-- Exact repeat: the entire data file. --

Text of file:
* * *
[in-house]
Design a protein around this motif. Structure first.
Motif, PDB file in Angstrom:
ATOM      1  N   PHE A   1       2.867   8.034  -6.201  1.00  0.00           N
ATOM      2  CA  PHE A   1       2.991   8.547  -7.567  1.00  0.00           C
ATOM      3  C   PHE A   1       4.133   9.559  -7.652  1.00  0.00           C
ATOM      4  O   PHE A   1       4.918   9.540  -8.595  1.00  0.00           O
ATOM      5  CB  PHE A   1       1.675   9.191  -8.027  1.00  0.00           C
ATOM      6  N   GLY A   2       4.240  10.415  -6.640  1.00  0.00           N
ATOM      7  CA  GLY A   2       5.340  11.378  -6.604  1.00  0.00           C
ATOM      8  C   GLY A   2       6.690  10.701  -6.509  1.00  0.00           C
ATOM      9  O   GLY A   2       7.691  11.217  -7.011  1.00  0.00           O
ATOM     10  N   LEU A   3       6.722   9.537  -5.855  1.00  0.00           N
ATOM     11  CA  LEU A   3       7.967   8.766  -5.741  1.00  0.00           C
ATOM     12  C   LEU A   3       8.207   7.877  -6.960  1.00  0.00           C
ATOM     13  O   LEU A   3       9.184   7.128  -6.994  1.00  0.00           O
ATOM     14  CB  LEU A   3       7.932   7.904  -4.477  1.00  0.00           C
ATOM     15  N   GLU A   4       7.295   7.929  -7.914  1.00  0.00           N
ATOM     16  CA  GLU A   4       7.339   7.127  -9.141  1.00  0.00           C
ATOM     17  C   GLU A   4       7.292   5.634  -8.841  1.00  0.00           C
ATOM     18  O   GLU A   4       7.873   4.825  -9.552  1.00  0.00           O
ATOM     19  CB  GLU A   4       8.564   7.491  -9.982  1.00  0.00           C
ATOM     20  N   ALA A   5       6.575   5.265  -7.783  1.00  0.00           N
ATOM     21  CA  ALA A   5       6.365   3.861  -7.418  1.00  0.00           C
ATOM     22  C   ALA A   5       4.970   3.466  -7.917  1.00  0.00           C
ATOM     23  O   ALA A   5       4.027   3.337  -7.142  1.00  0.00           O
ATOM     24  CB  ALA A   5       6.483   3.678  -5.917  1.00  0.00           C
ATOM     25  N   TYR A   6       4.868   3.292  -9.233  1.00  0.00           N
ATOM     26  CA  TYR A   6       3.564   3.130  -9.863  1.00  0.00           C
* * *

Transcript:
[in-house]
Design a protein around this motif. Structure first.
Motif, PDB file in Angstrom:
ATOM      1  N   PHE A   1       2.867   8.034  -6.201  1.00  0.00           N
ATOM      2  CA  PHE A   1       2.991   8.547  -7.567  1.00  0.00           C
ATOM      3  C   PHE A   1       4.133   9.559  -7.652  1.00  0.00           C
ATOM      4  O   PHE A   1       4.918   9.540  -8.595  1.00  0.00           O
ATOM      5  CB  PHE A   1       1.675   9.191  -8.027  1.00  0.00           C
ATOM      6  N   GLY A   2       4.240  10.415  -6.640  1.00  0.00           N
ATOM      7  CA  GLY A   2       5.340  11.378  -6.604  1.00  0.00           C
ATOM      8  C   GLY A   2       6.690  10.701  -6.509  1.00  0.00           C
ATOM      9  O   GLY A   2       7.691  11.217  -7.011  1.00  0.00           O
ATOM     10  N   LEU A   3       6.722   9.537  -5.855  1.00  0.00           N
ATOM     11  CA  LEU A   3       7.967   8.766  -5.741  1.00  0.00           C
ATOM     12  C   LEU A   3       8.207   7.877  -6.960  1.00  0.00           C
ATOM     13  O   LEU A   3       9.184   7.128  -6.994  1.00  0.00           O
ATOM     14  CB  LEU A   3       7.932   7.904  -4.477  1.00  0.00           C
ATOM     15  N   GLU A   4       7.295   7.929  -7.914  1.00  0.00           N
ATOM     16  CA  GLU A   4       7.339   7.127  -9.141  1.00  0.00           C
ATOM     17  C   GLU A   4       7.292   5.634  -8.841  1.00  0.00           C
ATOM     18  O   GLU A   4       7.873   4.825  -9.552  1.00  0.00           O
ATOM     19  CB  GLU A   4       8.564   7.491  -9.982  1.00  0.00           C
ATOM     20  N   ALA A   5       6.575   5.265  -7.783  1.00  0.00           N
ATOM     21  CA  ALA A   5       6.365   3.861  -7.418  1.00  0.00           C
ATOM     22  C   ALA A   5       4.970   3.466  -7.917  1.00  0.00           C
ATOM     23  O   ALA A   5       4.027   3.337  -7.142  1.00  0.00           O
ATOM     24  CB  ALA A   5       6.483   3.678  -5.917  1.00  0.00           C
ATOM     25  N   TYR A   6       4.868   3.292  -9.233  1.00  0.00           N
ATOM     26  CA  TYR A   6       3.564   3.130  -9.863  1.00  0.00           C